In honor of International Year of Indigenous Language 2019, the School of Social and Political Science at the University of Edinburgh will be holding a 2-part Symposium on the 14 November in Seminar room 5, Appleton Tower. This symposium will focus on the role of indigenous languages in “standard-settings” by exploring the integral role that indigenous languages have played in the work of our speakers from different sectors and by showing how language-based capacity building empowers indigenous people
The first hour of the symposium will involve a keynote address followed by a short Q&A.
Speakers: Dr Azra Meadows OBE and Peter Meadows Sitara-i-Quaid-i-Azam.
Azra and Peter Meadows are Honorary Lecturers at the University of Glasgow in the Institute of Biodiversity, Animal Health and Comparative Medicine, where Peter Meadows was Senior Lecturer for many years. Azra Meadows has been a lecturer in Environmental Management in the Department of Civil and Environmental Engineering, University of Bradford, and a Research Fellow in the Department of Civil Engineering, University of Glasgow, UK. They are both Fellows of the Royal Society of Biology and Chartered Biologists. They have an international record of research, teaching and advice in marine waters and mountains, on environmental sustainability, natural hazards, rural communities, clean water issues and biodiversity. They have also published widely on the impact of biological activity.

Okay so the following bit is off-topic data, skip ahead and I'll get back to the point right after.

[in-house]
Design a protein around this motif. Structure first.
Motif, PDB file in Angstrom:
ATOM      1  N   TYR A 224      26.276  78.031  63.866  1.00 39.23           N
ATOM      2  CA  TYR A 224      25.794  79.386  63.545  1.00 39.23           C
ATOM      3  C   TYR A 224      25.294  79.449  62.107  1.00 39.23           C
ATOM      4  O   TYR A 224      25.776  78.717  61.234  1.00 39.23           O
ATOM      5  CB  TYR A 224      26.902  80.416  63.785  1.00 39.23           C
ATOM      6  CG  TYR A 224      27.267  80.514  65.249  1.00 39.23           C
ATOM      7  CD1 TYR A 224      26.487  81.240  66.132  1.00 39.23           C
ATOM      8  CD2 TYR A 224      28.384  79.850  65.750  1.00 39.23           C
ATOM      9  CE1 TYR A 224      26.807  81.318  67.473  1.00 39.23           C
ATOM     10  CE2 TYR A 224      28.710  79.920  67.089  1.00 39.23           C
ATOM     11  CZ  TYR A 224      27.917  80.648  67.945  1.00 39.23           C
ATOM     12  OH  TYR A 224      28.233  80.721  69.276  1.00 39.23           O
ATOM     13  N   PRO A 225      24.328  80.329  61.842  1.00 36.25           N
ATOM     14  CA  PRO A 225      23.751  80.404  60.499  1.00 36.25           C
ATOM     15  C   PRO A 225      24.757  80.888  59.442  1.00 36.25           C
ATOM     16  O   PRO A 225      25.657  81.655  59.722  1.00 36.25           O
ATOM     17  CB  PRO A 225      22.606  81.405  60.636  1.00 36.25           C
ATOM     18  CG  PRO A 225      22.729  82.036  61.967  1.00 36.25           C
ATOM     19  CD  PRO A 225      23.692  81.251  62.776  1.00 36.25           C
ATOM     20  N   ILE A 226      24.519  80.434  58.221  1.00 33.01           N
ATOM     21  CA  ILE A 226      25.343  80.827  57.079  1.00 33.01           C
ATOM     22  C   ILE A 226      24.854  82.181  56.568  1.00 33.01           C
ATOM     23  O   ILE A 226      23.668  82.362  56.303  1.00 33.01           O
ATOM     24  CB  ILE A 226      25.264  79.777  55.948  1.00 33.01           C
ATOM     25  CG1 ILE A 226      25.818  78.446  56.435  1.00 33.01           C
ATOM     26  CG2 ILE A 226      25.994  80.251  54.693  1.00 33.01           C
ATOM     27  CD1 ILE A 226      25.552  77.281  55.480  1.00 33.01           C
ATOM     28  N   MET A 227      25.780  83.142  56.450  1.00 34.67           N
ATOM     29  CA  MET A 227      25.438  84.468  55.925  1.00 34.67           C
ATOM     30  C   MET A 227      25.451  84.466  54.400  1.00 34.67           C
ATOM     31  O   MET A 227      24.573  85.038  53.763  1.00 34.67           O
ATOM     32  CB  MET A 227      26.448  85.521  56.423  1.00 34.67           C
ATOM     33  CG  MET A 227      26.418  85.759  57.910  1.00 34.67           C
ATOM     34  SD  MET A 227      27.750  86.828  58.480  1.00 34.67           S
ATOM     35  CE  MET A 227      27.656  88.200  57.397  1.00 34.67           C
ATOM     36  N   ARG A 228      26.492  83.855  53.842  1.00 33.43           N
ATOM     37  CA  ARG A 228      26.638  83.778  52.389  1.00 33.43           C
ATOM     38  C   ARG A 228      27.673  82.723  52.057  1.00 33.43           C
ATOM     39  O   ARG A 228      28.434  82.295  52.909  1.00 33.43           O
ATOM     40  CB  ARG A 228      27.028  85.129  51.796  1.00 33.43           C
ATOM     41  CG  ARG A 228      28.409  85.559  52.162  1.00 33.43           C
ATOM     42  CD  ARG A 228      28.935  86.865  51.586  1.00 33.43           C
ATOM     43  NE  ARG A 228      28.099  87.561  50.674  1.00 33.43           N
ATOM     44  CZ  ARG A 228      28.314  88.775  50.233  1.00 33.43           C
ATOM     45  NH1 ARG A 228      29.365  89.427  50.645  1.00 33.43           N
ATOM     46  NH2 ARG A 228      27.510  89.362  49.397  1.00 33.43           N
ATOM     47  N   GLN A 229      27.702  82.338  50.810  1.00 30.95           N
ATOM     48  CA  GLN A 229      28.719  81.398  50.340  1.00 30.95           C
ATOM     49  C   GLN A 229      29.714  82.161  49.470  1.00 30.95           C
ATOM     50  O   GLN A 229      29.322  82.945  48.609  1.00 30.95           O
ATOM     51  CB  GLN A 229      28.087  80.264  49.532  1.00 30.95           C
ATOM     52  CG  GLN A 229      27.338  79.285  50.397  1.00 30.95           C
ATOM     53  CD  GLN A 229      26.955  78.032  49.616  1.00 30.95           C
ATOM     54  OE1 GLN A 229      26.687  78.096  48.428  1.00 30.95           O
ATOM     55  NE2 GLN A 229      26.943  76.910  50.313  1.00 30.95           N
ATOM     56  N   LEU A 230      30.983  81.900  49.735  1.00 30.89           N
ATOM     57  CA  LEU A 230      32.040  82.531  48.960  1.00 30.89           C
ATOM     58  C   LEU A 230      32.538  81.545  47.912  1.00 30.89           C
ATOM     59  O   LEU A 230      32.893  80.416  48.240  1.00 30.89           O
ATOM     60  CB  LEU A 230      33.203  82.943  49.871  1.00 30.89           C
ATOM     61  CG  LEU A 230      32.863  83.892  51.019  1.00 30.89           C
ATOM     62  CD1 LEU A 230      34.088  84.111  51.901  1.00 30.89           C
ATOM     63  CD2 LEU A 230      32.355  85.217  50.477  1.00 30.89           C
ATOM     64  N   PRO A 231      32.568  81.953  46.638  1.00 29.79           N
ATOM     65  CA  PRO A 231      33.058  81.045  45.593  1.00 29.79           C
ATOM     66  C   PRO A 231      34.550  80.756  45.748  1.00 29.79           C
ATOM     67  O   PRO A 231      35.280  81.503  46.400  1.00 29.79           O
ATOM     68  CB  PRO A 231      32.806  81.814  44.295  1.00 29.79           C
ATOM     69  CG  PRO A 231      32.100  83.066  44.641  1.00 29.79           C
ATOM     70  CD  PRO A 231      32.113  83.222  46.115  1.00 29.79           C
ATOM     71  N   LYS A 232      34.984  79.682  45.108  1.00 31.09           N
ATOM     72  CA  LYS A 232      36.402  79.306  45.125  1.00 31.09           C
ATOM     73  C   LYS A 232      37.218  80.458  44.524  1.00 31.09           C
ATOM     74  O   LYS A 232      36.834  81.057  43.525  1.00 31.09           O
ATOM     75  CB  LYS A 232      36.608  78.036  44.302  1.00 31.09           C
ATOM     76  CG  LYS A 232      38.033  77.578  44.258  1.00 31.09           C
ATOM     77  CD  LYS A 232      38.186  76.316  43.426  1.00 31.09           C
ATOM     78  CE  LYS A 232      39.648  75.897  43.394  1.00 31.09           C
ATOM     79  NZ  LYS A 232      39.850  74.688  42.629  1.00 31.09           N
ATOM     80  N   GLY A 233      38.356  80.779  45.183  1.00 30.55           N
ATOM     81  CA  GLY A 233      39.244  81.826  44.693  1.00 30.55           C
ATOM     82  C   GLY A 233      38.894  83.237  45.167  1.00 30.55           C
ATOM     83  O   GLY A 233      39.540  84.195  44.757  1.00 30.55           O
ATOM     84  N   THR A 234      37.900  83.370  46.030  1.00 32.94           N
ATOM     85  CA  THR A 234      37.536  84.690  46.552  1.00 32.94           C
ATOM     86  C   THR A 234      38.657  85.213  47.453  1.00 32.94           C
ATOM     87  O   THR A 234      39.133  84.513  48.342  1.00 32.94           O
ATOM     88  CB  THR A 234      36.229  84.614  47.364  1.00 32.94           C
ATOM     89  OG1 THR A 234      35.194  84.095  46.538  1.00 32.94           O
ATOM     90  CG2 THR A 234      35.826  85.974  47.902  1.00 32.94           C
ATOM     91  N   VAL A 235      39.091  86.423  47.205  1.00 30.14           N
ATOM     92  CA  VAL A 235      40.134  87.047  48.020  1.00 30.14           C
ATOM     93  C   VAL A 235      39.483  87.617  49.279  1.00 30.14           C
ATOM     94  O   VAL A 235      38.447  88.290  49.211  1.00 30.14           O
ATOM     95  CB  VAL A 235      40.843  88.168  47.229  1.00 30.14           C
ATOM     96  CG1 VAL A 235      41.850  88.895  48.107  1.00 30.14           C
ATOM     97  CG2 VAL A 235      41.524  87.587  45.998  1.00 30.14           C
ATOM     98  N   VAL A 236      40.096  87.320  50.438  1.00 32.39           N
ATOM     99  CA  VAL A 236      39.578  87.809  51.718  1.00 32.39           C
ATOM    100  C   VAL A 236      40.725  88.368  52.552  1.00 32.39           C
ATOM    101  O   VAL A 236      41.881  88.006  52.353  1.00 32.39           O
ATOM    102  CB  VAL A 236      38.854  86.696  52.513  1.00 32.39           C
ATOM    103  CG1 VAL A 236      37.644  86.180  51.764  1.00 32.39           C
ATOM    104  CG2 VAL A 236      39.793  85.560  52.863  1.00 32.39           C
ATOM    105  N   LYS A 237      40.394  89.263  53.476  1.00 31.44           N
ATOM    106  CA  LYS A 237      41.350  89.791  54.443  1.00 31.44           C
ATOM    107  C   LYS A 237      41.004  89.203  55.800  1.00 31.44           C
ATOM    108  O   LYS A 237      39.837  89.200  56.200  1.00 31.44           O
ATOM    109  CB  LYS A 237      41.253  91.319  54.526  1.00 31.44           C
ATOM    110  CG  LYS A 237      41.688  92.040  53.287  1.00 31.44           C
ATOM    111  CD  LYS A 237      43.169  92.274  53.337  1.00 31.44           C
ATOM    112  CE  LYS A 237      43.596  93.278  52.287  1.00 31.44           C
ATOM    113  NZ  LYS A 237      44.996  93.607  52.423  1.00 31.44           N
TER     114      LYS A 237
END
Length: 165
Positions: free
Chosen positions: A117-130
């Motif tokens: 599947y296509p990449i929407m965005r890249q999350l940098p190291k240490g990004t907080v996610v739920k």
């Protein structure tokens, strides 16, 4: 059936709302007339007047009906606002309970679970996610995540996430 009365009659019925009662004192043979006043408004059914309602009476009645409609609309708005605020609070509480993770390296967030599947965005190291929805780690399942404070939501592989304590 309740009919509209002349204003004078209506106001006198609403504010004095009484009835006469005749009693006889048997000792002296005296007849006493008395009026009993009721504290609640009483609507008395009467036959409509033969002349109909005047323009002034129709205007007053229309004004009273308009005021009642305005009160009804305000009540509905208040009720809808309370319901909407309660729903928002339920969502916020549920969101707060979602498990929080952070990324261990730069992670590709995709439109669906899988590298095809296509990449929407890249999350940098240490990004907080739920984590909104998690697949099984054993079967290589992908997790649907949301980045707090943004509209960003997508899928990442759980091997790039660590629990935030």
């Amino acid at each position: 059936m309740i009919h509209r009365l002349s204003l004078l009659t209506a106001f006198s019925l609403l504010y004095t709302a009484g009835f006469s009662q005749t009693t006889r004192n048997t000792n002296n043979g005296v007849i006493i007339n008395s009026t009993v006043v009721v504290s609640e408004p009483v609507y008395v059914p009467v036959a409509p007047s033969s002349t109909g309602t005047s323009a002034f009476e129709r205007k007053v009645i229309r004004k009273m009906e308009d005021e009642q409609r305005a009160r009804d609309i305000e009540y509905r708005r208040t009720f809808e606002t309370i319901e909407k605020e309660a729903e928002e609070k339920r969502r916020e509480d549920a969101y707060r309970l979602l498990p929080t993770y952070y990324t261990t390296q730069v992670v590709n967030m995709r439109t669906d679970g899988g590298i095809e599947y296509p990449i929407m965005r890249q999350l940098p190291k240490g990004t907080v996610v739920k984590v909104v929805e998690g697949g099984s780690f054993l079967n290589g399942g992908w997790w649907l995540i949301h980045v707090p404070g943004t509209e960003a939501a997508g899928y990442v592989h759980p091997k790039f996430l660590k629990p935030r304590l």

Keynote Address: Indigenous Languages: a Research Experience in Pakistan